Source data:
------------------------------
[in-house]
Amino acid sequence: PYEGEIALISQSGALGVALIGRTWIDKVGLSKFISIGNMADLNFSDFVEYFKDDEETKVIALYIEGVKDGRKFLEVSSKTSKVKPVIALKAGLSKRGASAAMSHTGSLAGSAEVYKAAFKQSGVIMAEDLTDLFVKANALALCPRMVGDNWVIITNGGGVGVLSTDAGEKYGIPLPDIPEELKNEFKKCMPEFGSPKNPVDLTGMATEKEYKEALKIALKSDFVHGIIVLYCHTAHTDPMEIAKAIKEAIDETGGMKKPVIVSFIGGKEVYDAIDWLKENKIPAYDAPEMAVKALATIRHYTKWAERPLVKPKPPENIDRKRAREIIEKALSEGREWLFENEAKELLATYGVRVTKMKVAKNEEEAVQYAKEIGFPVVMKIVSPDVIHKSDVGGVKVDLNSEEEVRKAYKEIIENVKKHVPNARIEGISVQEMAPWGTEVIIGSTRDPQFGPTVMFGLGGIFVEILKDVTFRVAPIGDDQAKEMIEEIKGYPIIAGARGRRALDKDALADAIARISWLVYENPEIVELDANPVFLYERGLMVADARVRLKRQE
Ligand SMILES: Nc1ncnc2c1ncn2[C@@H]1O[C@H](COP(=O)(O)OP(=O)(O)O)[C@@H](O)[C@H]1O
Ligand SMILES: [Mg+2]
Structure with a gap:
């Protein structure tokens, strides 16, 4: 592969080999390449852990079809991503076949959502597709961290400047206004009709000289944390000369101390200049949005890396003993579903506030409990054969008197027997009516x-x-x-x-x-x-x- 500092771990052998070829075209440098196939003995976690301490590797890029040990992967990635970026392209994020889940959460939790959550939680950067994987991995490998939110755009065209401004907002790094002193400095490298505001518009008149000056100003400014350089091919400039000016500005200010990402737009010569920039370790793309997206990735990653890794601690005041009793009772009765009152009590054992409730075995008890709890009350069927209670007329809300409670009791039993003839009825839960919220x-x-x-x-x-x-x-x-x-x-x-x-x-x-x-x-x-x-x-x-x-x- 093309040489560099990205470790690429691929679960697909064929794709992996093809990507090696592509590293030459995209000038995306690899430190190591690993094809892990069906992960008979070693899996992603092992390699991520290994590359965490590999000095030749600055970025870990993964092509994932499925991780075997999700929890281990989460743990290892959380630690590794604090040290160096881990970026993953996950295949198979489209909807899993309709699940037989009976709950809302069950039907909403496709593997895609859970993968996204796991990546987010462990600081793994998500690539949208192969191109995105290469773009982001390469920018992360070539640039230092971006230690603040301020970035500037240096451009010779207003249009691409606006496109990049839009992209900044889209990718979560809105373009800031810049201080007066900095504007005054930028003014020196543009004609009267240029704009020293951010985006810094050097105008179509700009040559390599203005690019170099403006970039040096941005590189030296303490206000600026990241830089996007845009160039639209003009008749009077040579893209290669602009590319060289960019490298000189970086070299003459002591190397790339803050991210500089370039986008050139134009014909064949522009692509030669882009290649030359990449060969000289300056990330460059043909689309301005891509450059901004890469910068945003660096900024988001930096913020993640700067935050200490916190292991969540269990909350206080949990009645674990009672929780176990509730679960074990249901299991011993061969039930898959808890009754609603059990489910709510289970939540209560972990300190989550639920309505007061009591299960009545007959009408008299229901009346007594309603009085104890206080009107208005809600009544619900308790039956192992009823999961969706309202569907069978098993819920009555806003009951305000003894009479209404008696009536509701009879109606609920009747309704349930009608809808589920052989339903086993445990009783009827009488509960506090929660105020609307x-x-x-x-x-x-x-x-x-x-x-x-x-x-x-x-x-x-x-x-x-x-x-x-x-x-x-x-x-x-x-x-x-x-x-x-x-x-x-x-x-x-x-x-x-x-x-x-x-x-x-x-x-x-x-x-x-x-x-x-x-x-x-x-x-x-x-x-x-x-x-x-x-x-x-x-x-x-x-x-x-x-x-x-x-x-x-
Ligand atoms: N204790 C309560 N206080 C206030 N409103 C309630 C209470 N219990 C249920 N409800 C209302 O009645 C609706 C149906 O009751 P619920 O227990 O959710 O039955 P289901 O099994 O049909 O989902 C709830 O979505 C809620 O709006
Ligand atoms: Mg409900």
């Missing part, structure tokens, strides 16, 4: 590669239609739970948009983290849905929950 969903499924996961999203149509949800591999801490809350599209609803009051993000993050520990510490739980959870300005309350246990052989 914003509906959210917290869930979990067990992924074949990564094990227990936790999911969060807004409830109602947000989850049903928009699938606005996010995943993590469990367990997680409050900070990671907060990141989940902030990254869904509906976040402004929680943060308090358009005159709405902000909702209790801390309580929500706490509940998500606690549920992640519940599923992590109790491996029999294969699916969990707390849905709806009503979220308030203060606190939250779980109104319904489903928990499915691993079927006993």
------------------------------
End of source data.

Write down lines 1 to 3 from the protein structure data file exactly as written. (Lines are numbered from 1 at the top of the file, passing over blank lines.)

[in-house]
Amino acid sequence: PYEGEIALISQSGALGVALIGRTWIDKVGLSKFISIGNMADLNFSDFVEYFKDDEETKVIALYIEGVKDGRKFLEVSSKTSKVKPVIALKAGLSKRGASAAMSHTGSLAGSAEVYKAAFKQSGVIMAEDLTDLFVKANALALCPRMVGDNWVIITNGGGVGVLSTDAGEKYGIPLPDIPEELKNEFKKCMPEFGSPKNPVDLTGMATEKEYKEALKIALKSDFVHGIIVLYCHTAHTDPMEIAKAIKEAIDETGGMKKPVIVSFIGGKEVYDAIDWLKENKIPAYDAPEMAVKALATIRHYTKWAERPLVKPKPPENIDRKRAREIIEKALSEGREWLFENEAKELLATYGVRVTKMKVAKNEEEAVQYAKEIGFPVVMKIVSPDVIHKSDVGGVKVDLNSEEEVRKAYKEIIENVKKHVPNARIEGISVQEMAPWGTEVIIGSTRDPQFGPTVMFGLGGIFVEILKDVTFRVAPIGDDQAKEMIEEIKGYPIIAGARGRRALDKDALADAIARISWLVYENPEIVELDANPVFLYERGLMVADARVRLKRQE
Ligand SMILES: Nc1ncnc2c1ncn2[C@@H]1O[C@H](COP(=O)(O)OP(=O)(O)O)[C@@H](O)[C@H]1O